Conditional access unit 540 receives an output bitstream including program data having clear content from first conditional access unit 240, and re-scrambles the data in response to control commands received from CPU 210. Conditional access unit 540 may re-scramble the program data content using the ECMs transmitted in the original bitstream received in digital receiver 111 or with a key transmitted by the conditional access unit 240. Alternatively, conditional access unit 540 may use its own unique, local key. If the content was originally scrambled using control words in addition to keys, the conditional access unit 540 may use the originally transmitted control key to scramble the control words and use the originally transmitted control words to scramble the program data content. It may also used its own local control words and key to scramble the key and content, respectively. It will be appreciated to those skilled in the art that any one of the aforementioned methods of scrambling may be used alone or in combination, and these and other similar methods are intended to be within the scope and spirit of the present invention. It will also be appreciated that conditional access unit 540 also operates in a manner similar to that of re-scrambling unit 350 of the conditional access unit 240 of FIG. 3, however, again, access to the original conditional access unit 240 is not required in this embodiment.

Once the program data content is re-scrambled, conditional access unit 540 transmits the program data to digital interface unit 260, where it is encoded with copy management commands. Thereafter, the program data may be provided over transmission medium 120 to any components connected thereto for recording. Thus, according to this embodiment of the digital receiver 111, one bitstream including program data having clear content is provided to demultiplexer unit 250 and then to decoding unit 112 (FIG. 1) for display and viewing by a user, while a second bitstream including program data having scrambled content is available for recording by any component connected to transmission medium 120. As with the previous embodiments, a content or service provider can control when and if a user can copy or view again content which is copy-protected.

Some digital devices 110 may include an NRSS copy protection system having a detachable NRSS module. In instances where a detachable NRSS module is used, it is desirable to take advantage of the scrambled bitstream coming from the NRSS module. As seen in FIG. 6, yet another embodiment of a digital receiver 111 is shown which includes an NRSS copy protection system having a detachable NRSS module 640 and a DES ECB copy protection chip 642. In this embodiment, the bitstream is provided from demodulator 230 to the NRSS module which is detachably connected to the digital device 110. Scrambled output from NRSS module 640 is “tapped” outside of the digital device 110 prior to the bitstream's re-entry into the digital device 110 and is provided to the digital interface 260 where it is preferably marked as “copy free” and then transmitted over the transmission medium 120. A second scrambled stream is provided to the DES ECB copy protection chip 642 for descrambling. One descrambled stream is then provided to the de-multiplexer unit 250, while a second descrambled stream is provided to the digital interface 260 where it is preferably marked as “copy never” and then transmitted over the transmission medium 120. Again, in such embodiment, a content or service provider can control when and if a user can copy or view again content which is copy-protected.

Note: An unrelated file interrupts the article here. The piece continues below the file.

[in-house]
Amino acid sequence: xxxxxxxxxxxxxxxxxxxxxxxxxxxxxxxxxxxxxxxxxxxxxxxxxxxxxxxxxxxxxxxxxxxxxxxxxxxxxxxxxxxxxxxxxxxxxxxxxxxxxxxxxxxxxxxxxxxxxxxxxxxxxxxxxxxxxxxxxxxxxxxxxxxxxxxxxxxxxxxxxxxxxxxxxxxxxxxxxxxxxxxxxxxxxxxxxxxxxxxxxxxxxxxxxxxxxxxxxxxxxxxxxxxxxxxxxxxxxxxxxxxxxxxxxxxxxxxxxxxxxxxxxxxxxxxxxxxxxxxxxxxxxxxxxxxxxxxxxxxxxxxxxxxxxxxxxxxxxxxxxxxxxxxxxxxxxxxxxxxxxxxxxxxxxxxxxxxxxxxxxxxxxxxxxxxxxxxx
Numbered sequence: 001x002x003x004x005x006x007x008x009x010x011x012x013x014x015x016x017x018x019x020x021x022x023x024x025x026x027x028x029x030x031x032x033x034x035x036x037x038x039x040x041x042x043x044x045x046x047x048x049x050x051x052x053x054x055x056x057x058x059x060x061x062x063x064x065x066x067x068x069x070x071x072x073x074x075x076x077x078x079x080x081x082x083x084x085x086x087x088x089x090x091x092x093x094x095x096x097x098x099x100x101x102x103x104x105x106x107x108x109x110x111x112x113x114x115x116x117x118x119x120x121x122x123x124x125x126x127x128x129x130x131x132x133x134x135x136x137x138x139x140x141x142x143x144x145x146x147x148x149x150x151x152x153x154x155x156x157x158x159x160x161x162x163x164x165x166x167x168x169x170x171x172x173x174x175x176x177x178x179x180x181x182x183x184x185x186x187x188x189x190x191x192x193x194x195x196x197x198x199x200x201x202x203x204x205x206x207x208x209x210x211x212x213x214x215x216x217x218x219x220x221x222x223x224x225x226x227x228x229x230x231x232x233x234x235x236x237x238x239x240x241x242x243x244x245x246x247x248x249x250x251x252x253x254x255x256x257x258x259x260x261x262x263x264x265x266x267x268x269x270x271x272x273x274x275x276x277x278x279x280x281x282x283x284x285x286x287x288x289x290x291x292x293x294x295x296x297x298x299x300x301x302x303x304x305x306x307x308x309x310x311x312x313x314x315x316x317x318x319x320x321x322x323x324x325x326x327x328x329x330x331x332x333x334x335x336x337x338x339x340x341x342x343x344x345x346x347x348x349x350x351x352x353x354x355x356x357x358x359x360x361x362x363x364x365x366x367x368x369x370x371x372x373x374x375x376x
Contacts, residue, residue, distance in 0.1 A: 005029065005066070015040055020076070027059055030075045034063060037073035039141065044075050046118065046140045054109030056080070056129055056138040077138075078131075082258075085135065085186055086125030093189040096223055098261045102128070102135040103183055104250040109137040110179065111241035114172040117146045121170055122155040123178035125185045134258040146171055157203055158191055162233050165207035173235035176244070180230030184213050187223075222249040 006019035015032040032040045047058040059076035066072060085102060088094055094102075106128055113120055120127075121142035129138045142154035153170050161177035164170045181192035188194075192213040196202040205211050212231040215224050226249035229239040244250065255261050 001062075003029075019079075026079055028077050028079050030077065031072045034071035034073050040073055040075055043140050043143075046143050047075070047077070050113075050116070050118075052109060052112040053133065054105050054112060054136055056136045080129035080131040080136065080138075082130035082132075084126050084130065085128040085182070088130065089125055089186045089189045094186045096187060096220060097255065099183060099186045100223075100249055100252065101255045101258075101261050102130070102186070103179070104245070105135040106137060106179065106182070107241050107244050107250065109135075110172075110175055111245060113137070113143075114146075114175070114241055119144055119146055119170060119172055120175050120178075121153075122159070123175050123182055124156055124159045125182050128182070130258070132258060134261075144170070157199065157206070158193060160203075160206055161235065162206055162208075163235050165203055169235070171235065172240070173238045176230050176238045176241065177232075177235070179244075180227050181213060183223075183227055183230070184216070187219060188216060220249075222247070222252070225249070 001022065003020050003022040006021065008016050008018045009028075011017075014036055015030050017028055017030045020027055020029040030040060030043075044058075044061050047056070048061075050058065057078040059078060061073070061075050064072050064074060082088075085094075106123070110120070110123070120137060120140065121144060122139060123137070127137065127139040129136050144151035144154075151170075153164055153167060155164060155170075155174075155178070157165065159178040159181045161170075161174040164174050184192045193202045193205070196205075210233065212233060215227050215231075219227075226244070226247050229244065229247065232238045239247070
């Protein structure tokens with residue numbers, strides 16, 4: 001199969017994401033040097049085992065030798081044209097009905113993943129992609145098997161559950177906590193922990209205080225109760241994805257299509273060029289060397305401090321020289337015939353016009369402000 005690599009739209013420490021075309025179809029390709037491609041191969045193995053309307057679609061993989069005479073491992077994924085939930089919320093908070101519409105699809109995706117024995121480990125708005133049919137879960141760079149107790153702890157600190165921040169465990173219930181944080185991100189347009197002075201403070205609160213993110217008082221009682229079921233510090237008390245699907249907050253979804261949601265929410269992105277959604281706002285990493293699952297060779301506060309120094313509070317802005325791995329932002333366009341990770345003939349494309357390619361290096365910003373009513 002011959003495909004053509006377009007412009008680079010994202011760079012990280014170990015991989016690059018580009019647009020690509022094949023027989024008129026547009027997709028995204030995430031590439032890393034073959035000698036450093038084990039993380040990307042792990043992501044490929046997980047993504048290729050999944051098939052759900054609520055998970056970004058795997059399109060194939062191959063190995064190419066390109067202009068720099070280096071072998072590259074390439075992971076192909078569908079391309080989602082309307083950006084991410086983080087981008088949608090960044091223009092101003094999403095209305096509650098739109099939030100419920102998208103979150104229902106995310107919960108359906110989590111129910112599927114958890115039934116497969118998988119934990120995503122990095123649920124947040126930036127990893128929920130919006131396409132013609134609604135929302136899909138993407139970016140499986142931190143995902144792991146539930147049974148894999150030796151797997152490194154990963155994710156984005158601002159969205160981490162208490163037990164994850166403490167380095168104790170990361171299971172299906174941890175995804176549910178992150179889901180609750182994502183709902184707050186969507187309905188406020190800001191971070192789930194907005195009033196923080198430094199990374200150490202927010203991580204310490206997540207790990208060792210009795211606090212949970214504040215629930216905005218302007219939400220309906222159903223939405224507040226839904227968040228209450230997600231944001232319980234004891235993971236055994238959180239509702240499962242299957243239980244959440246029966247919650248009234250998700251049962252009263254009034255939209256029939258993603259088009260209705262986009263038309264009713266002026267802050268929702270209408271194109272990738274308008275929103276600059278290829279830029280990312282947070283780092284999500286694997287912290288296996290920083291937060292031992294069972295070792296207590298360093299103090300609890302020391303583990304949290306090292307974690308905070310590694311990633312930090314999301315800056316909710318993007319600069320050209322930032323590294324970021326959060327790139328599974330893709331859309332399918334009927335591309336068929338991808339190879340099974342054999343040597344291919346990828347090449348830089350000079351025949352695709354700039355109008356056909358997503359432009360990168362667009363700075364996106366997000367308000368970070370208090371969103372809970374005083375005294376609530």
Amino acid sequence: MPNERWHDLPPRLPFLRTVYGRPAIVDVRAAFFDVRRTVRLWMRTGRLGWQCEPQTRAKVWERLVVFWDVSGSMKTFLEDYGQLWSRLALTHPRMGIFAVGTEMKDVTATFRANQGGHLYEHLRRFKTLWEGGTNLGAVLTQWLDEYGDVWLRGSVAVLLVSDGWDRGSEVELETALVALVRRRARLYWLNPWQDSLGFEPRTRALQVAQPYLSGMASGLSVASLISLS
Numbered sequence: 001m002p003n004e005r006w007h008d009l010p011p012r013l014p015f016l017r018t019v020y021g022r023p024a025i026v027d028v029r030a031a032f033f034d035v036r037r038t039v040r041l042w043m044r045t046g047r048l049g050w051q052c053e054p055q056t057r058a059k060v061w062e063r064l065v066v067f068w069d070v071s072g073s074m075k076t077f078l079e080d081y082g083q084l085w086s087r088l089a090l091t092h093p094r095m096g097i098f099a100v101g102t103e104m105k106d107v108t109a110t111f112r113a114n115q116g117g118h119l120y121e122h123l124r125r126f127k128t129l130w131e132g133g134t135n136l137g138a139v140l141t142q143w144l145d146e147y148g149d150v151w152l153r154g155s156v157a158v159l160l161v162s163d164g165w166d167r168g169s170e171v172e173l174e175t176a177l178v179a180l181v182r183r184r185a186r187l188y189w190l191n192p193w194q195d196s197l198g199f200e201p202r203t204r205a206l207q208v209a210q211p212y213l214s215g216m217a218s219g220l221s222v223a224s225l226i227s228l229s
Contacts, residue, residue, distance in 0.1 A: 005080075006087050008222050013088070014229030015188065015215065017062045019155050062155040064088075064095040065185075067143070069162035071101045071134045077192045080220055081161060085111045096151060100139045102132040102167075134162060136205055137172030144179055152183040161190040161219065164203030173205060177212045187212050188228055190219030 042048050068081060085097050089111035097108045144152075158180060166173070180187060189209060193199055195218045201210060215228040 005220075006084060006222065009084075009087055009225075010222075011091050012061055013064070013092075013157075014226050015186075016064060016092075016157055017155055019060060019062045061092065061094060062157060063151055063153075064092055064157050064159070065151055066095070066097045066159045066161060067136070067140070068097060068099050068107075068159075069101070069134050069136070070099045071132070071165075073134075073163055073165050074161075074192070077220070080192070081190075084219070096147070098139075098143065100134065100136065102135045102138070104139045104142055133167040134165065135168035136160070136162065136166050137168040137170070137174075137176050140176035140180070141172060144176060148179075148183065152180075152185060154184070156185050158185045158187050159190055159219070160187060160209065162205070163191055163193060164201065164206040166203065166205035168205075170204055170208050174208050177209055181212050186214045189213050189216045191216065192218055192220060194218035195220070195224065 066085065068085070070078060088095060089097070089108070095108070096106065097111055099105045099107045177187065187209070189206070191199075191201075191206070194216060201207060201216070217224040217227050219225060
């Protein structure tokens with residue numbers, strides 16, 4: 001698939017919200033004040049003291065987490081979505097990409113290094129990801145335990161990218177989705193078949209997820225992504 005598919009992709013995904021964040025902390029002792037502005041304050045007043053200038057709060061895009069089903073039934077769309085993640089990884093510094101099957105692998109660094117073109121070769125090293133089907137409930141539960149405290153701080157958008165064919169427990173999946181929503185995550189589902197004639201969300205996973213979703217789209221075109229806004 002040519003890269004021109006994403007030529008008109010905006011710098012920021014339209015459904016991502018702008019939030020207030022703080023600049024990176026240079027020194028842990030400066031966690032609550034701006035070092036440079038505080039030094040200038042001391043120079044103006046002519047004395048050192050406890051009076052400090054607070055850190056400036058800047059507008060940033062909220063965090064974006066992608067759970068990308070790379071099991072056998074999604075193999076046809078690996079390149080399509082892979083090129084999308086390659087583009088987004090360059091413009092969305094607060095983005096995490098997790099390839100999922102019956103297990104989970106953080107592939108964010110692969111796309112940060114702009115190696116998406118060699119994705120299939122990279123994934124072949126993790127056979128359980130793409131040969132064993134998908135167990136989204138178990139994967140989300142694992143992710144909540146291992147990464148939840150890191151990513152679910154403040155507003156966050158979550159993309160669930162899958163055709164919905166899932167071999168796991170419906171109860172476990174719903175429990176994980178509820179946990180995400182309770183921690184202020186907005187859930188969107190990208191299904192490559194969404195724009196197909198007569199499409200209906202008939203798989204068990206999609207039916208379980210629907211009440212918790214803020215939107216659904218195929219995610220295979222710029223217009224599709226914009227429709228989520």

The content of a digital program may be transmitted in scrambled form. In order for a conditional access unit to recover the scrambled content and permit a person to view the content in clear form, the unit must have the necessary access requirements associated with the scrambled content. An access requirement includes a message that describes the features that the conditional access unit must have in order to decode the scrambled content. For example, a certain key may be needed to view the content. Alternatively, a service tag associated with a given content provider may be required. Technical requirements such as a particular descrambling method may also be required and included as a part of the access requirements. The access requirements associated with a particular program may be transmitted to a conditional access unit along with the program.

When a scrambled program is received by a conditional access unit, the access requirements for the program are compared to the entitlements that the conditional access unit actually has. In order for the conditional access unit to display the scrambled content in clear form, the access requirements for the program must match the entitlements of the conditional access unit. The entitlements may state that the conditional access unit is entitled to view content from a given service provider such as HBO, for example. The entitlements may also include one or more keys needed to descramble the content. The entitlements also may define the time periods for which the conditional access unit may descramble programs. The access requirements and entitlements thus form a part of the access control system to determine whether a decoder is authorized to view a particular program.